We had the chief on board who killed Captain Cook for more than three weeks. He was in bad health, and had a smelling bottle with a few drops in it, which he used to smell at; we filled it for him. There were a good many bayonets in possession of the natives, which they had obtained at the murder of Cook.
We left Hawaii, and stood down to Kauai, where we watered, and had a feast from Opunui the king. We took our allowance of brandy on shore, and spent a most delightful afternoon, the natives doing all in their power to amuse us; the girls danced, the men made a sham fight, throwing their spears; the women, standing behind, handed the spears to the men, the same as in battle, thus keeping up a continued shower of spears. No words can convey an adequate idea of their dexterity and agility.
They thought we were bad with the rheumatism, our movements were so slow compared with their own. The women would sometimes lay us down, and chafe and rub us, making moan and saying "Lomilomi!" They wrestled, but the stoutest man in our ship could not stand a single throw with the least chance of success.
We stood next for Niihau, of which Opunui was king as well as of Kauai, to get yams. This island grows them in abundance, and scarce anything else. They have no wood upon the island, but exchange their yams for it to build their canoes. While lying here, it came to blow a dreadful gale; we were forced to cut our cables, and stand out to sea and leave sixteen men and boys.
.It was three weeks before we could return. When we arrived, we found them well and hearty; these kind people had lodged them two and two in their houses, gave them plenty of victuals, and liberty to ramble over the whole island.
The only man who was in the least alarmed for his safety was an old boatswain; he was in continual fear. The innocent natives could not meet to divert themselves, or even a few talk together, but the old sinner would shake with horror, and called to his shipmates, "Now they are going to murder us; this is our last night."
He was a perfect annoyance to the others; he scarce ever left the beach but to go to some height to look out for the ships, and after looking till he was almost blind he would seek out the other men to make his lamentations, and annoy them with his fears of the loss of the ships, or their being deserted by them.
At length we returned, and took them on board, making presents to the king and his kind people for their unlimited hospitality. We now took an affectionate leave of these kind islanders.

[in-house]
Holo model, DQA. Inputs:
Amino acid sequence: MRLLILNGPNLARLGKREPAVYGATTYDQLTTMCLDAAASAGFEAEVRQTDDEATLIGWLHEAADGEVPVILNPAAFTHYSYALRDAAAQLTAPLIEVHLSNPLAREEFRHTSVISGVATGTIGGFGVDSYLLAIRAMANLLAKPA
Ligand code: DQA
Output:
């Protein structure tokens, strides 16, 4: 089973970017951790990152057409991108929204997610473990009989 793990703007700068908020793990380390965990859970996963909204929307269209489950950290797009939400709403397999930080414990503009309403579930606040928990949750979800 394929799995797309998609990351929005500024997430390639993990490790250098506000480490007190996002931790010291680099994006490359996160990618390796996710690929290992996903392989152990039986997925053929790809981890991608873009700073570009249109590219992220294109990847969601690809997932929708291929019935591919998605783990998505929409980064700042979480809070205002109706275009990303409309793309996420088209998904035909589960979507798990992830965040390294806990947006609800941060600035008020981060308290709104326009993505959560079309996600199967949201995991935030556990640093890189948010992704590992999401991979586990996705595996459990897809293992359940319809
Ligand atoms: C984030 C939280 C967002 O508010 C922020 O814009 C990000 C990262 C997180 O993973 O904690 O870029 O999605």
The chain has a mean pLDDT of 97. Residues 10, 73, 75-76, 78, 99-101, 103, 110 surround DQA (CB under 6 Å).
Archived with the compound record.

After waiting in Nootka Sound, our place of rendezvous, for some time, and the Queen Charlotte not appearing, we immediately set sail for Hawaii, but got no word of our consort until we came to Kauai, when we perceived Opunui in his single canoe, making her scud through the water, crying, "tattoo for Potipoti," as he jumped upon deck with a letter from Captain Dixon, which removed our fears and informed us he had discovered an island and got a very great number of skins, and had sailed for China. We watered and laid in our provisions as quick as we could, to follow her.
Opunui, soon after he came on board, told the captain he had seen Billicany, and squinted so like Dickson that we knew at once Meares had been there in the Nootka. Dickson afterward told us Meares would not have got anything from Opunui had he and Willis not been with him. Opunui had a son called Poinui-in English, "large pudding." I thought him well named. He had the largest head of any boy I ever saw. His father wished Captain Portlock to take him to England, but Poinui did not wish to go. He leaped overboard just as we sailed, and swam back to his father.
It was with a sensation of regret I bade a final adieu to the Sandwich Islands. Even now I would prefer them to any country I ever was in. The people so kind and obliging, the climate so fine, and provisions so abundant, all render it a most endearing place. Hawaii is the only place I was not ashore in. Captain Portlock never went himself, and would not allow his crew to go. The murder of Cook made him timorous of trusting too much to the islanders. At Kauai and Niihau we went on shore, one watch one day, the other the next.